Eight Grays Harbor high schools operate track programs. Exactly half of those will not stage a home meet this season.
Wishkah and Taholah lack a conventional track facility, which makes their traditional success at the state level more remarkable.
Aberdeen and Montesano, meanwhile, have track maintenance issues that will keep them on the road this year.
Damage from the 2012 Rottle Field fire have rendered some lanes of the Montesano track unusable for full-fledged meets, although the grandstand has been rebuilt and Monte did conduct the pole vault portions of last week’s Ray Ryan Memorial Grays Harbor All-County Meet.
Aberdeen’s Miller Junior High track has long been plagued by drainage difficulties, requiring the Bobcats to travel for the vast majority of their meets in recent years.
The Bobcats were originally scheduled to host Capital on April 30. In Aberdeen’s lone 2013 home appearance, however, visiting coaches declined to send some of their top athletes.
“The other teams in the league didn’t feel it was a safe facility,” Aberdeen athletic director Ken Ashlock said.
Fearing a repeat of that scenario, school officials agreed to move this year’s meet to Olympia.
Maintenance work on the Montesano and Aberdeen tracks are scheduled for this summer and both schools expect to resume hosting meets next year.
If all goes well, Montesano will likely be the site for the 2015 all-county meet (which rotates among several Grays Harbor venues).
“We are planning to host it,” Montesano athletic director Tim Trimble said. “We believe it is our turn.”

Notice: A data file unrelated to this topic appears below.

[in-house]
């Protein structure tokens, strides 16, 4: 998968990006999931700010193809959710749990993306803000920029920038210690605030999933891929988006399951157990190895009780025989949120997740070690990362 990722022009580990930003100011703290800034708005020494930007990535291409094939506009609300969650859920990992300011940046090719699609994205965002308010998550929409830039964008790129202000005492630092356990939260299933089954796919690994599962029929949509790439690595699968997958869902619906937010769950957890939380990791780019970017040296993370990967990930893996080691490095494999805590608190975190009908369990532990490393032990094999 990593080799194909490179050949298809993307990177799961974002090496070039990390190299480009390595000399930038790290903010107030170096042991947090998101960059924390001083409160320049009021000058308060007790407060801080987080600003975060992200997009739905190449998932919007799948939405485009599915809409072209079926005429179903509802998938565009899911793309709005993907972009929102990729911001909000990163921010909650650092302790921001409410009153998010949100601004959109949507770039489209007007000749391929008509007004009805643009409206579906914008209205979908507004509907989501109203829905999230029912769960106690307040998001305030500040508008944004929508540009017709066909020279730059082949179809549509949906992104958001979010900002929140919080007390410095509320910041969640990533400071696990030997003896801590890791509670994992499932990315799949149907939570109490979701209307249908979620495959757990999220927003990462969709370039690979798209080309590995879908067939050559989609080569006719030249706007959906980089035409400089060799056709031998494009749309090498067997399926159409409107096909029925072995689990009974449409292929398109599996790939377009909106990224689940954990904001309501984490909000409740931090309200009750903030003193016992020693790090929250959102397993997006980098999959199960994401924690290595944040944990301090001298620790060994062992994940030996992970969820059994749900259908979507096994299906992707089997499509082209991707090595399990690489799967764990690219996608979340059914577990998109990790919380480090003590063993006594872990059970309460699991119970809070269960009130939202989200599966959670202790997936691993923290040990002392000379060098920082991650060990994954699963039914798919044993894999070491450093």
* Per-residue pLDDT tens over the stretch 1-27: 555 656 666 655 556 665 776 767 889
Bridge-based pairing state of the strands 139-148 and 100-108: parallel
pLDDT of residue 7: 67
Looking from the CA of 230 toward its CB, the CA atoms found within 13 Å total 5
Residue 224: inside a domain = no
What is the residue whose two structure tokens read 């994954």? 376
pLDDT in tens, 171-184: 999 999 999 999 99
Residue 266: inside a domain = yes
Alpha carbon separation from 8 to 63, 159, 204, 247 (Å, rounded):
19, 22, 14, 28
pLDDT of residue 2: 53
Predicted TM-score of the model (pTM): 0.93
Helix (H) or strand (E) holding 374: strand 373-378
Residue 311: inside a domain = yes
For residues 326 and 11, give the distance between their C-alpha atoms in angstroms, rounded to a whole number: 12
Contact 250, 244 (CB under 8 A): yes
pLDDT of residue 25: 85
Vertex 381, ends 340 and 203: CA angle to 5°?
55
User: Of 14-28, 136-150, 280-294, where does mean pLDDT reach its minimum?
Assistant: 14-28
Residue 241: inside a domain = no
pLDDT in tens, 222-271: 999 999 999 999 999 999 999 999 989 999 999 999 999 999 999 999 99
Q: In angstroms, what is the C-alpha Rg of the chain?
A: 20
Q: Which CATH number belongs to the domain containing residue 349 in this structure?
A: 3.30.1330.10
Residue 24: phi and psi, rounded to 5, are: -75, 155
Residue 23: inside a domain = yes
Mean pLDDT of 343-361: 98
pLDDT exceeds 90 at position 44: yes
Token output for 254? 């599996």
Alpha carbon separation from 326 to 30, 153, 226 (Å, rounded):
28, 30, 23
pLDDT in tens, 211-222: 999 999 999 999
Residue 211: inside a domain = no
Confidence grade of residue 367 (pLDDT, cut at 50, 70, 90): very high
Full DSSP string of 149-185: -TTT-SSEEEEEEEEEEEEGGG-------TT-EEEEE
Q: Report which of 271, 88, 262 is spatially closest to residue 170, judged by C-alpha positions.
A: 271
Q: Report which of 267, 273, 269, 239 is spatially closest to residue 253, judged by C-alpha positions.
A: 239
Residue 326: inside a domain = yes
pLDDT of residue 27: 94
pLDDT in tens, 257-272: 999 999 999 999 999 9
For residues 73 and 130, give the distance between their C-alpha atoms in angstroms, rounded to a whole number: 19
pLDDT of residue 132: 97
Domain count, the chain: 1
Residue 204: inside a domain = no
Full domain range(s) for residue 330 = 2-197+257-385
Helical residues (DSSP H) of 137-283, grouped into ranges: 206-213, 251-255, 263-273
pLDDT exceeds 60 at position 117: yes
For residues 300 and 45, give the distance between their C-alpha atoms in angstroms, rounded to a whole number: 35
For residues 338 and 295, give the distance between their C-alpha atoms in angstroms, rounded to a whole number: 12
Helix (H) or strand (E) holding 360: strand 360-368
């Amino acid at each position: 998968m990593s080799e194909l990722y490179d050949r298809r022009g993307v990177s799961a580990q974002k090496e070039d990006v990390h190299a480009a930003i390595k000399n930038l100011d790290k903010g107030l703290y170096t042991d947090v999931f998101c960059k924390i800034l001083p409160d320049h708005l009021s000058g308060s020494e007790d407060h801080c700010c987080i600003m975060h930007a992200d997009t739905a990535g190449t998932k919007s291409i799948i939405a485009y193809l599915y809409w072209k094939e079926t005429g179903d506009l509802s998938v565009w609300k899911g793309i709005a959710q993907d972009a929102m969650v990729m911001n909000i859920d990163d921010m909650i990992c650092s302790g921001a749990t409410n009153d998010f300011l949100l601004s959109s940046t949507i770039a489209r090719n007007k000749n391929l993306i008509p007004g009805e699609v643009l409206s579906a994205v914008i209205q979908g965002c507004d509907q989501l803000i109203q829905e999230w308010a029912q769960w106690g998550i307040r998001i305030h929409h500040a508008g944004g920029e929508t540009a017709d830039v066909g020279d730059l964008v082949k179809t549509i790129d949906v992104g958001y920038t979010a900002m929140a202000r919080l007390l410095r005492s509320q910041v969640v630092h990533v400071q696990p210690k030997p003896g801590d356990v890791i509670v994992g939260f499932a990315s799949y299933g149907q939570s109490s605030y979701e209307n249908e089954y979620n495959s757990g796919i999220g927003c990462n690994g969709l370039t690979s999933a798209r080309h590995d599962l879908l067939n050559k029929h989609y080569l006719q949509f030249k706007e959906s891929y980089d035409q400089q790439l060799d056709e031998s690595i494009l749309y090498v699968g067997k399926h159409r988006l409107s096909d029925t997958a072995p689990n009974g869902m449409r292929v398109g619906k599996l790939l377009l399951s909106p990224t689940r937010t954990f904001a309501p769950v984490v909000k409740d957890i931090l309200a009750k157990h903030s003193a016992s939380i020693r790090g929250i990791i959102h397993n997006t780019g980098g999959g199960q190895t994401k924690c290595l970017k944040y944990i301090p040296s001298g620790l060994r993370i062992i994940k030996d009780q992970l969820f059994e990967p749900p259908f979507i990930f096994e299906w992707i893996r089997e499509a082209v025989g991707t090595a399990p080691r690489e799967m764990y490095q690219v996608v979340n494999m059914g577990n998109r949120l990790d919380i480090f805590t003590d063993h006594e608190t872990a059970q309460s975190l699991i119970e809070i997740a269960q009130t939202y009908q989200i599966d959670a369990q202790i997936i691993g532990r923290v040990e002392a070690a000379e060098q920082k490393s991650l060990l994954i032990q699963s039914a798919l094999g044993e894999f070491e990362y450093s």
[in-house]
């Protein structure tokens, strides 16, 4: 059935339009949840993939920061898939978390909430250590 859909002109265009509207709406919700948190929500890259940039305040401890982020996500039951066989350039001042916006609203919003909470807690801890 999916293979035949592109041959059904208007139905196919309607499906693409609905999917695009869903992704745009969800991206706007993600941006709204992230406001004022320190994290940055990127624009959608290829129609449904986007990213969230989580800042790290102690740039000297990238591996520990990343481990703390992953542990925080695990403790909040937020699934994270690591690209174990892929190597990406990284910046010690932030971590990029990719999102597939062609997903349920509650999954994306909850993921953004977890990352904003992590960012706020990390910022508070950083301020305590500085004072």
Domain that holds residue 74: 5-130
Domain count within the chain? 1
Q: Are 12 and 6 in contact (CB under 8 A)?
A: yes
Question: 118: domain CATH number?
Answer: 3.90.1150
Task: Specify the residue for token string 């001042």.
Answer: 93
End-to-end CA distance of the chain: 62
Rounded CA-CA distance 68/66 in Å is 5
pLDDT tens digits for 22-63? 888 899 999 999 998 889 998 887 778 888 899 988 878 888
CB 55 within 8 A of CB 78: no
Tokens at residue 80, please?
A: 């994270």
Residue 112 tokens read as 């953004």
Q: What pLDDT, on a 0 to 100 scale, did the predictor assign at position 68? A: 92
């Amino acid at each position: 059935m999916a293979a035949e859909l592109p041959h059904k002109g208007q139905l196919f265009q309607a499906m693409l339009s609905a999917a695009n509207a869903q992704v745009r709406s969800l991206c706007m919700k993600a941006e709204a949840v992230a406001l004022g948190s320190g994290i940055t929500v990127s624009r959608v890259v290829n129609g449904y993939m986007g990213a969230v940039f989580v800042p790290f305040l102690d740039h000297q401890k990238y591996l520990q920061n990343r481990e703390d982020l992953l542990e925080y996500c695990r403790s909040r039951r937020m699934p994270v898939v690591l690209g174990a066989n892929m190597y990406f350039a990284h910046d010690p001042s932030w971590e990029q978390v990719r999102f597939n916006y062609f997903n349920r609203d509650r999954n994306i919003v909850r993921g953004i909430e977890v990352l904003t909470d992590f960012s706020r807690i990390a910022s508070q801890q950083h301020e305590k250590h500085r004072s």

Aberdeen, which has never hosted the all-county meet since its revival in the early 1990s, could be next in line.
“As soon as we have a track qualified to do that, why wouldn’t we do it?,” Ashlock said.
The lack of a permanent site for the all-county meet can be largely attributed to the difficulties in organizing a volunteer work force. Hosting a track meet can be a massive undertaking from a staffing level.
While the home school needs only to supply only four people — scorekeeper, scoreboard and shot-clock operators and public address announcer — in addition to ticket-takers and concession-stand personnel at a basketball game, Hoquiam track coach Tim Pelan said a minimum of 23 volunteers — including at least 16 adults — are required at a standard track meet. Those include eight timers, a starter and at least two staffers at every field event.
“This is the one sport where home-field advantage isn’t always a good thing,” Pelan wryly noted.
Fortunately, track coaches may be the closest-knit of any coaching fraternity and are usually willing to help out even at meets they are not hosting.
North Beach and Wishkah, example, joined forces for the operation of the all-county meet in the two years the Hyaks hosted it. Both those meets were very efficiently run.
This year’s all-county meet was split between two East County sites. But the champion in one event didn’t compete at either venue.
Elma staged the bulk of the meet last Saturday. Since that school lacks a pole-vault facility, the vaults were originally scheduled for the previous day at Montesano.
After viewing an unfavorable weather forecast for Friday, meet officials moved the pole vaults to Wednesday. Ocosta was unable to arrange transportation to Montesano that day, so the Wildcat vaulters were allowed to compete at their home facility.
Once marks were compared, Ocosta freshman Matthew Hart was declared the boys champion.
“There is a certain amount of trust we all have for each other,” Pelan said. “Egos are not common in track.”
Only in high school track would an all-county champion be crowned on the honor system. The likes of Nick Saban and John Calipari might not buy it, but that’s actually a pretty refreshing concept in this day and age.
Rick Anderson: (360) 537-3924; firstname.lastname@example.org.